Demon of Justice 43






MEL: So?

CHRISTY: I’m still waiting for Ken-chan and Grimmy to show up, the way you insisted they were sure to.

MEL: They will. You’ll see.

CHRISTY: *whine* But I’m tired of waaaaiting!

MEL: There, there. Your horrifically violent and destructive crush-targets will get here soon, I’m sure.

CHRISTY: You’re just happy because your horrifically violent and destructive crush-target is here already!

MEL: I object! Hitsugaya-kun is only moderately violent and not particularly destructive. Also, what about Renji? He’s hardly chopped liver.

CHRISTY: He won’t talk to me.

MEL: I didn’t think you wanted to kidnap him for his snappy repartee.

CHRISTY: He also won’t let me look at his tattoos. *pout*

MEL: So watch Ichigo trying to break the wards, or go drool at the G-boys having their holiday! Kibitz on Spike and Legolas while they watch anime! Harass Fluffy-sama and Schuldig! Sheesh, anyone would think we were actually out of eye-candy!

CHRISTY: But… but… but I want Ken-chan and Grimmy!

MEL: And you’ll get Ken-chan and Grimmy, just not yet!

CHRISTY: How come you aren’t out drooling at your frosty shrimp drool-target?

MEL: Because I’m writing. And if I was out drooling at him, you’d be nagging me to write instead. So I’m going to drool at him later, when you’re not looking– er, when I’m done writing.

CHRISTY: I heard what you did there.

MEL: Darn.

[A loud crashing noise comes from somewhere nearby.]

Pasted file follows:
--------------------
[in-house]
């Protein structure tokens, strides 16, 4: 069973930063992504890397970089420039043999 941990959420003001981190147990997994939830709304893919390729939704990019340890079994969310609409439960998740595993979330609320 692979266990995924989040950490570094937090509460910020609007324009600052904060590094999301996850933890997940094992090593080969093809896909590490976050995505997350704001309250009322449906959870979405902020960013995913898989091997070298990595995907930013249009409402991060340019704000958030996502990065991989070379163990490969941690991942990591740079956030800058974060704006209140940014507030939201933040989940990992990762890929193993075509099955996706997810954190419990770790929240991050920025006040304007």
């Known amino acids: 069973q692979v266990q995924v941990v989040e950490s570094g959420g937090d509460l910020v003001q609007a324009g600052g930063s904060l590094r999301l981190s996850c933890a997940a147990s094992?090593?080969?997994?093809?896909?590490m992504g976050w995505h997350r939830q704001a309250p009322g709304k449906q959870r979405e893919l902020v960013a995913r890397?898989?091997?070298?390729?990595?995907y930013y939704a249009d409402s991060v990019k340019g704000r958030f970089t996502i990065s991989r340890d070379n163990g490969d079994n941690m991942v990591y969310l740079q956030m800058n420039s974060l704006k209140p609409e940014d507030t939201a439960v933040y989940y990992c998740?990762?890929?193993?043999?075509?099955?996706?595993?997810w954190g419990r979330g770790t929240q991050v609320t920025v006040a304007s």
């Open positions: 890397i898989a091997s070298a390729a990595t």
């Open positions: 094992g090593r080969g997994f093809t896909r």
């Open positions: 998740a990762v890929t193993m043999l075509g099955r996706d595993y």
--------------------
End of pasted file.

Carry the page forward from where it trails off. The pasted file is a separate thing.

CHRISTY: What was that?

MEL: A distraction? And possibly Ken-chan and Grimmy?


Demon of Justice
Chapter 43

“So how soon do we need to send all this stuff off?” Montoya asked, gesturing to her pad screen. “And which list are we working from? We’ve got four!”

“I’ll bet the kids only sent one,” Howard snorted.

“Well, yeah, but it’s split into three sections, so if you really want to get technical about it we’ve got six lists,” his second in command snorted back, sounding remarkably like him despite her voice being an octave higher. “They’ve broken their list down by priority, depending on how large a mass allowance they end up with, and while we’re on the subject why the hell don't they already know their transport capabilities? For that matter, why aren’t they getting us to transport them wherever it is they’re going? We could carry double their maximum potential allowance, and it’d be simpler all round!”

“There’s reasons why we can’t do it,” Howard told her, trying to sound stern but aware that he wasn’t managing it. He felt a pang every time he thought about the kids – his kid, specifically – risking their lives to not only go where only one person had gone before, but to do it in the knowledge that they could never come back even if they did survive the trip, and he hid the pain with a scowl.

“Good reasons or stupid reasons?” she asked, peering at his face.

“Eh. Wouldn’t call them good reasons,” he admitted, scratching the back of his neck, “but they’re… call ‘em real reasons.” Like the fact that the Shearwater can’t sail between realities. If it could, I might just up and go with them myself.

“…Fair enough.” Montoya nodded grudgingly before returning to her pad. “Which list, then?”

“Well, whatever the kids asked for, we’re getting it for them. Package the highest-priority stuff first, then make separate packages for the second- and third-priority lists. That way if it turns out they can’t take it all, we don’t have to break down and reassemble the consignment. What are the other three?”

“We’ve got one from the Manguanacs,” she told him, tapping icons on her pad to send the lists to him, “which doesn’t overlap with the kids’ list at all, oddly enough. The other two are from J and G, and there’s a lot of overlap with the kids’ list and between them. You’d think they’d coordinate.”